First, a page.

Missouri Creationism: New Bill for 2014

This looks like it’s going to be an active year for creationist legislation. The National Center for Science Education (NCSE) reports: Antievolution legislation in Missouri.

It’s House Bill 1472, which we find refreshing in its candor. It would forthrightly amend existing law “by adding thereto one new section relating to the teaching of the theory of evolution by natural selection.” There’s not much to it, at least regarding the number of words. It says, with our bold font:

1. Any school district or charter school which provides instruction relating to the theory of evolution by natural selection shall be required to have a policy on parental notification and a mechanism where a parent can choose to remove the student from any part of the district’s or school’s instruction on evolution. The policy shall require the school district or charter school to notify the parent or legal guardian of each student enrolled in the district of:

(1) The basic content of the district’s or school’s evolution instruction to be provided to the student; and

(2) The parent’s right to remove the student from any part of the district’s or school’s evolution instruction.

2. A school district or charter school shall make all curriculum materials used in the district’s or school’s evolution instruction available for public inspection under chapter 610 prior to the use of such materials in actual instruction.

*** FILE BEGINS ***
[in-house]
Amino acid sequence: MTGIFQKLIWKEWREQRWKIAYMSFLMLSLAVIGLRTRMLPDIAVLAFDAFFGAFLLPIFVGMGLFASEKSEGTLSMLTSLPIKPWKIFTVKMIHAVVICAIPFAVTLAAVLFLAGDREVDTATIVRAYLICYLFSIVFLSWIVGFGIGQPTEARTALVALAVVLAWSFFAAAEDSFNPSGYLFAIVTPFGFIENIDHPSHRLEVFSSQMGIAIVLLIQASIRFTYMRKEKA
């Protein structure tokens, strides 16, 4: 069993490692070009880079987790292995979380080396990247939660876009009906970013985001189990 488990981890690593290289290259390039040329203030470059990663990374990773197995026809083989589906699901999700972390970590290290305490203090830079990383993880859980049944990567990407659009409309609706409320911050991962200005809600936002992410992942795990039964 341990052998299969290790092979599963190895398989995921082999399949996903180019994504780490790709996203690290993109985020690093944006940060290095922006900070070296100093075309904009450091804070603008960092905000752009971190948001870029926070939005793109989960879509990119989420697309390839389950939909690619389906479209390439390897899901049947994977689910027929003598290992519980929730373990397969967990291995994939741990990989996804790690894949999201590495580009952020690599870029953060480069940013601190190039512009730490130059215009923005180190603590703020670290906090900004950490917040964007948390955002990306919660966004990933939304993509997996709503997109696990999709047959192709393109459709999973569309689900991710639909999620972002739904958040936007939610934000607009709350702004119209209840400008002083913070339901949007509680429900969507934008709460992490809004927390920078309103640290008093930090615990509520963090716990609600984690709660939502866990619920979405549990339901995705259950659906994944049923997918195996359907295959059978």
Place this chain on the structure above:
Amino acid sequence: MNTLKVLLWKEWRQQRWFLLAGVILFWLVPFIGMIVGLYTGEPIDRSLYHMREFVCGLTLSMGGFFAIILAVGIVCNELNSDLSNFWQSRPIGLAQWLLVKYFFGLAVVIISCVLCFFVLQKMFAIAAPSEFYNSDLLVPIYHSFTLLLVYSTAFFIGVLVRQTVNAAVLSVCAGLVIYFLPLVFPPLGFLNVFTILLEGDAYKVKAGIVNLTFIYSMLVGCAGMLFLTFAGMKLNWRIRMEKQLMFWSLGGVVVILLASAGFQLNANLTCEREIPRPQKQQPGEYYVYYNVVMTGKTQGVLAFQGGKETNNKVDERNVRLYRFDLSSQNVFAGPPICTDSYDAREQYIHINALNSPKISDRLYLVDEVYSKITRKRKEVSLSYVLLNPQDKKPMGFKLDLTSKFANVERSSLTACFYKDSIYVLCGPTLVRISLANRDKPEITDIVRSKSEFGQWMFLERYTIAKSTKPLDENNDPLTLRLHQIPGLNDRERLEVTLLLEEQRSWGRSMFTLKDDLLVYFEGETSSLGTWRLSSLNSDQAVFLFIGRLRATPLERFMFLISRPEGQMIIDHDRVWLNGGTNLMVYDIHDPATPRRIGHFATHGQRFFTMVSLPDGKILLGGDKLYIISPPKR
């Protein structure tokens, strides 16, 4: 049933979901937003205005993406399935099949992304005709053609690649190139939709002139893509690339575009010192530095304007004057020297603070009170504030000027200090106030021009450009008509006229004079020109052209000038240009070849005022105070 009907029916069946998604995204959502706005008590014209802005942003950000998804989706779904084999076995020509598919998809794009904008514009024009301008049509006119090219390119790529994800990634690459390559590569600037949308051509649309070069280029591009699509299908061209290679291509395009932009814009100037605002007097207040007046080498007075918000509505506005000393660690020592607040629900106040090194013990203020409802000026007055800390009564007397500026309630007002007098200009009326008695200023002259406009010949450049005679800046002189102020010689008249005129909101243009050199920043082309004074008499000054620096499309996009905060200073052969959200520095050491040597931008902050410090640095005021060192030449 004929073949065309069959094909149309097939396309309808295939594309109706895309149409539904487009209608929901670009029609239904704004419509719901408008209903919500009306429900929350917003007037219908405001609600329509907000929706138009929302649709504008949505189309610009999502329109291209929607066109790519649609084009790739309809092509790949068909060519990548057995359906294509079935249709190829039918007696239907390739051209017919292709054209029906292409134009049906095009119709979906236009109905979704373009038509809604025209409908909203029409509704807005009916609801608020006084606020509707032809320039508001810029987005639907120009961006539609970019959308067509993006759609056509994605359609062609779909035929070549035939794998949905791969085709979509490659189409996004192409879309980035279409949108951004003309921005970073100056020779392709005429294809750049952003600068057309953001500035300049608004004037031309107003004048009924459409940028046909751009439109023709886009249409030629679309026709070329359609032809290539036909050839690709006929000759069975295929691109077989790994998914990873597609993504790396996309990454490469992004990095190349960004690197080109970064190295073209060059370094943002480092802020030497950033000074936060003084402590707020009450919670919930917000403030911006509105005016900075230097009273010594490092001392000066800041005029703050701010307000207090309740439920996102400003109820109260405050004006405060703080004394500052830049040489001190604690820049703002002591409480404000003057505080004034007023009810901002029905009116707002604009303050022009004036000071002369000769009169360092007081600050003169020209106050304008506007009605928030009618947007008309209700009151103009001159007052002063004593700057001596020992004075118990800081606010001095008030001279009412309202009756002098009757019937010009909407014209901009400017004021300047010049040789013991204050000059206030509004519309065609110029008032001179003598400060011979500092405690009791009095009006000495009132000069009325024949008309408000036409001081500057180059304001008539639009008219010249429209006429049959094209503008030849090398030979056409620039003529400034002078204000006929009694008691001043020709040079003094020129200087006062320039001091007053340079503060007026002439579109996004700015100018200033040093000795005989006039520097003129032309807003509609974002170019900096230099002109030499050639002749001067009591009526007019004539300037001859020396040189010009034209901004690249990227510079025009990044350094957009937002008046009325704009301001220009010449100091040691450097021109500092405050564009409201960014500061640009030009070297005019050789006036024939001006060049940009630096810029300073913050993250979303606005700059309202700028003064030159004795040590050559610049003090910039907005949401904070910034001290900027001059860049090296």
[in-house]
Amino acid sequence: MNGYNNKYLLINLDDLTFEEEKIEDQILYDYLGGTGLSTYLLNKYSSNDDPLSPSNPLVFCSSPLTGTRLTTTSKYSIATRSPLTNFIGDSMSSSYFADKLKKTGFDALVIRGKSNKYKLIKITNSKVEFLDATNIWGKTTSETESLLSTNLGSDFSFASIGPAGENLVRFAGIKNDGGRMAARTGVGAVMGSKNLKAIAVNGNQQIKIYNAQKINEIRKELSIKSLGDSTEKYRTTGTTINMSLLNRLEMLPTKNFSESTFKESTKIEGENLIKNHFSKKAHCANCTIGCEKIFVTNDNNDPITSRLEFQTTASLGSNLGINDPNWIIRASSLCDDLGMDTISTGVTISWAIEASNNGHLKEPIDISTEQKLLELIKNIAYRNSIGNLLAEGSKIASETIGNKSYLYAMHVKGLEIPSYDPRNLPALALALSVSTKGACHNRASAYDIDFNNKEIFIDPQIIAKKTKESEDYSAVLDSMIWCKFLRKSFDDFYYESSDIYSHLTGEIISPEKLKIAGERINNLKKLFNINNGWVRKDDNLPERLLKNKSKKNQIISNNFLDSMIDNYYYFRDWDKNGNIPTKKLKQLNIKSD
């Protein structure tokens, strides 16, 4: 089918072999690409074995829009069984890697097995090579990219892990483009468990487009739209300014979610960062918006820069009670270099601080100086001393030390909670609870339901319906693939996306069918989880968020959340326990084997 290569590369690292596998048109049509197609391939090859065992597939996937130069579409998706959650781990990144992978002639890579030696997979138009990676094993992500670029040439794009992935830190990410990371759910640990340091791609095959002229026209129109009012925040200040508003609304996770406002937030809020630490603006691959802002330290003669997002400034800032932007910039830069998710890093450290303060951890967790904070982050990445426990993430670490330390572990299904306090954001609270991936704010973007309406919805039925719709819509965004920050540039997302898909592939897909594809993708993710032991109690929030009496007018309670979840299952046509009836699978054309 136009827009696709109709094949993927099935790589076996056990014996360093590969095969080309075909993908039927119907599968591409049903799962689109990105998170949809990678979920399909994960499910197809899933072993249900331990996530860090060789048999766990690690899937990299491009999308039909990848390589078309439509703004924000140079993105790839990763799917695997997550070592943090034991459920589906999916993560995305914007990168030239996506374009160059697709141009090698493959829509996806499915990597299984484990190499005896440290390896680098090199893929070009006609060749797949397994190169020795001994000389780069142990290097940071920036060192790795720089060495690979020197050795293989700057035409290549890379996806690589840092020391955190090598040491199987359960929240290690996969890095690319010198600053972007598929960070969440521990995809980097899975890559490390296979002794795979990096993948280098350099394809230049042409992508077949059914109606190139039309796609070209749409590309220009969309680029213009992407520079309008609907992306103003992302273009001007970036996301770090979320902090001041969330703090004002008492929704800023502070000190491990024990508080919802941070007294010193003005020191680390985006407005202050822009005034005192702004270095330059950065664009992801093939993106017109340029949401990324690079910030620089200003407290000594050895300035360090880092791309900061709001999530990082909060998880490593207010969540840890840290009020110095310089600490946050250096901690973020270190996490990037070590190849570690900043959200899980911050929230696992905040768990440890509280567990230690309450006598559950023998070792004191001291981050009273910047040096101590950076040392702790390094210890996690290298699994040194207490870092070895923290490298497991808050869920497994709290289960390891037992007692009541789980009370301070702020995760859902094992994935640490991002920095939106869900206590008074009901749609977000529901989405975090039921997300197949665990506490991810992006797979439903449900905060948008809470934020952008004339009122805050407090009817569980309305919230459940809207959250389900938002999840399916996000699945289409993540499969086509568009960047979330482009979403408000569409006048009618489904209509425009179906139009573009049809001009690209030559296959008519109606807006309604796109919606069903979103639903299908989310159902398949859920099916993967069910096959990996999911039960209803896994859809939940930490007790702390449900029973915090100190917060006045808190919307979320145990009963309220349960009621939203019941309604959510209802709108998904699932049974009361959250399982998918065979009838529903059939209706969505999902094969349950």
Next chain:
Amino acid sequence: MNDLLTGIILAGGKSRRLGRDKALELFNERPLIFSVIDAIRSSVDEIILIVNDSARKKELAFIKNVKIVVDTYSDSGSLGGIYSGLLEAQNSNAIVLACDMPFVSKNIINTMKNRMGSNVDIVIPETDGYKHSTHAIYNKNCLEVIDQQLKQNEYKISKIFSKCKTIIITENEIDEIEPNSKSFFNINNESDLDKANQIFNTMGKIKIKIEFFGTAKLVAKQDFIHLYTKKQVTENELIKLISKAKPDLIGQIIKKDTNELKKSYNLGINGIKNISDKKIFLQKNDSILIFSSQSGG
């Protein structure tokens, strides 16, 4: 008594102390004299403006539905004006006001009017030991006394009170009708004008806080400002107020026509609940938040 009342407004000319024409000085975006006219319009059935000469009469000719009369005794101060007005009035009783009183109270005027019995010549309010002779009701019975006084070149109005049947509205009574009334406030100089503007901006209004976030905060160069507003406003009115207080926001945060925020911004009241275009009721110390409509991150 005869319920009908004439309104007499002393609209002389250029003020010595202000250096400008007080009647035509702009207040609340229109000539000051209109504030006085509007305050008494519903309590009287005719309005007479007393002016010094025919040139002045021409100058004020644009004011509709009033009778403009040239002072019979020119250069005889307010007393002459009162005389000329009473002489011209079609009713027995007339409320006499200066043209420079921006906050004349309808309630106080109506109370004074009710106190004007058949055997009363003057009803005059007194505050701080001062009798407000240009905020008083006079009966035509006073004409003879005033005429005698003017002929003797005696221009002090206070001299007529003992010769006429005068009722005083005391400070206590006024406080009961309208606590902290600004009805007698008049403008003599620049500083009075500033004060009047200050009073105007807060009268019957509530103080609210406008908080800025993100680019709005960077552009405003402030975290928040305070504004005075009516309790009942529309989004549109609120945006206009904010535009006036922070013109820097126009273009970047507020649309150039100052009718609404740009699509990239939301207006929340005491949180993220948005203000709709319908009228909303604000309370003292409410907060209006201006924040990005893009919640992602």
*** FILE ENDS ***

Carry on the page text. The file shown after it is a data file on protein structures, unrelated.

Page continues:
Isn’t that sweet? Missouri parents will be able protect their children from even hearing about evolution. Opt-out provisions are typically available regarding sex education courses in state-run schools, but this is the first time we’ve seen the concept applied to evolution.

The bill is sponsored by a pair of familiar names: Rick Brattin, a high school graduate who operates Brattin Drywall Company, and Andy Koenig, who owns a paint company and who has a license to sell health and life insurance.

You can track the bill’s progress here. The bill was introduced yesterday, so nothing has happened yet — but there’s plenty of time. The Missouri legislature isn’t scheduled to adjourn until 30 May.

Last year Koenig’s bill (of which Brattin was a co-sponsor) was a typical “academic freedom” job — see Missouri Creationism: New Bill for 2013. He tried the same thing the year before.

Brattin’s bill last year (of which Koenig was a co-sponsor) was an “equal time” job — it would have required “the equal treatment of science instruction regarding evolution and intelligent design.” See Missouri Creationism: Another Bill for 2013. That sort of thing was declared unconstitutional back in 1987 in Edwards v. Aguillard. And yes, Brattin had attempted the same thing a year earlier.

We must point out that this year’s bill is also an “equal treatment” law, but it’s a novelty in treating the theory of evolution as if it were equally as offensive to squeamish parents as sex education. We congratulate the legislators for their originality. Joining their anti-science mentality with prevalent anti-sex attitudes is an interesting idea. We’re dazzled at the thought of a political movement that combines the chastity of a monastic order and the ignorance of the Luddites. We can’t think of a good analogy.